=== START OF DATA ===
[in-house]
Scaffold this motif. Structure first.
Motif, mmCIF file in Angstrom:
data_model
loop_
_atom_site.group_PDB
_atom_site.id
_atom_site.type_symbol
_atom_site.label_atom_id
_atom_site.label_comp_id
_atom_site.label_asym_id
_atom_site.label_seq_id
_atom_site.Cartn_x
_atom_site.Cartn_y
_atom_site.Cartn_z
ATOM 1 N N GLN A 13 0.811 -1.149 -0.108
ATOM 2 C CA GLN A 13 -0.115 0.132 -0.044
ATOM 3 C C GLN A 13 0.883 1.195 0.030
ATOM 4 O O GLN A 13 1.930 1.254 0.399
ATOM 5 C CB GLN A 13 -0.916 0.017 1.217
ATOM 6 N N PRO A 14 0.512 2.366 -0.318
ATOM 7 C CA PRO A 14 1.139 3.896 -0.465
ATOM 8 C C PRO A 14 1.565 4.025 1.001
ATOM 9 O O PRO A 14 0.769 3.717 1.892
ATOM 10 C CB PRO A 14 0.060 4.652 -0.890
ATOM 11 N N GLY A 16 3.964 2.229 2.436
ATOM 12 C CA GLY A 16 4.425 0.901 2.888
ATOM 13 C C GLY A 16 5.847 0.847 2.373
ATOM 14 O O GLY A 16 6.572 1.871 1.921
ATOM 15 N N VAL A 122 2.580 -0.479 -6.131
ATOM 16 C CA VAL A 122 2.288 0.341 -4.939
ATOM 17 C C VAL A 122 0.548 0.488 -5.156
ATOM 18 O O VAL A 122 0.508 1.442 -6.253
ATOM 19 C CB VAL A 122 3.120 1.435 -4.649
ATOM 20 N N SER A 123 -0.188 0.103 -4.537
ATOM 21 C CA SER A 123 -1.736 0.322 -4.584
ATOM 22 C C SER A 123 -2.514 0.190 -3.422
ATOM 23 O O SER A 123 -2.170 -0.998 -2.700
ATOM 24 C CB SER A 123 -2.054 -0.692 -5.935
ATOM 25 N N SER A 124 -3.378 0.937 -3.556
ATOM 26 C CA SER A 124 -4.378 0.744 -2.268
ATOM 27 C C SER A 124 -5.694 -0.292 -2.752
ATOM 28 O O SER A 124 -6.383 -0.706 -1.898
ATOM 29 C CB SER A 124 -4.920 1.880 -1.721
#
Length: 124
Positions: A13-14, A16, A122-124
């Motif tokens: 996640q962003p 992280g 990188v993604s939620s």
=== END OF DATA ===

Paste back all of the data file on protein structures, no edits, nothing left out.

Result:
[in-house]
Scaffold this motif. Structure first.
Motif, mmCIF file in Angstrom:
data_model
loop_
_atom_site.group_PDB
_atom_site.id
_atom_site.type_symbol
_atom_site.label_atom_id
_atom_site.label_comp_id
_atom_site.label_asym_id
_atom_site.label_seq_id
_atom_site.Cartn_x
_atom_site.Cartn_y
_atom_site.Cartn_z
ATOM 1 N N GLN A 13 0.811 -1.149 -0.108
ATOM 2 C CA GLN A 13 -0.115 0.132 -0.044
ATOM 3 C C GLN A 13 0.883 1.195 0.030
ATOM 4 O O GLN A 13 1.930 1.254 0.399
ATOM 5 C CB GLN A 13 -0.916 0.017 1.217
ATOM 6 N N PRO A 14 0.512 2.366 -0.318
ATOM 7 C CA PRO A 14 1.139 3.896 -0.465
ATOM 8 C C PRO A 14 1.565 4.025 1.001
ATOM 9 O O PRO A 14 0.769 3.717 1.892
ATOM 10 C CB PRO A 14 0.060 4.652 -0.890
ATOM 11 N N GLY A 16 3.964 2.229 2.436
ATOM 12 C CA GLY A 16 4.425 0.901 2.888
ATOM 13 C C GLY A 16 5.847 0.847 2.373
ATOM 14 O O GLY A 16 6.572 1.871 1.921
ATOM 15 N N VAL A 122 2.580 -0.479 -6.131
ATOM 16 C CA VAL A 122 2.288 0.341 -4.939
ATOM 17 C C VAL A 122 0.548 0.488 -5.156
ATOM 18 O O VAL A 122 0.508 1.442 -6.253
ATOM 19 C CB VAL A 122 3.120 1.435 -4.649
ATOM 20 N N SER A 123 -0.188 0.103 -4.537
ATOM 21 C CA SER A 123 -1.736 0.322 -4.584
ATOM 22 C C SER A 123 -2.514 0.190 -3.422
ATOM 23 O O SER A 123 -2.170 -0.998 -2.700
ATOM 24 C CB SER A 123 -2.054 -0.692 -5.935
ATOM 25 N N SER A 124 -3.378 0.937 -3.556
ATOM 26 C CA SER A 124 -4.378 0.744 -2.268
ATOM 27 C C SER A 124 -5.694 -0.292 -2.752
ATOM 28 O O SER A 124 -6.383 -0.706 -1.898
ATOM 29 C CB SER A 124 -4.920 1.880 -1.721
#
Length: 124
Positions: A13-14, A16, A122-124
């Motif tokens: 996640q962003p 992280g 990188v993604s939620s």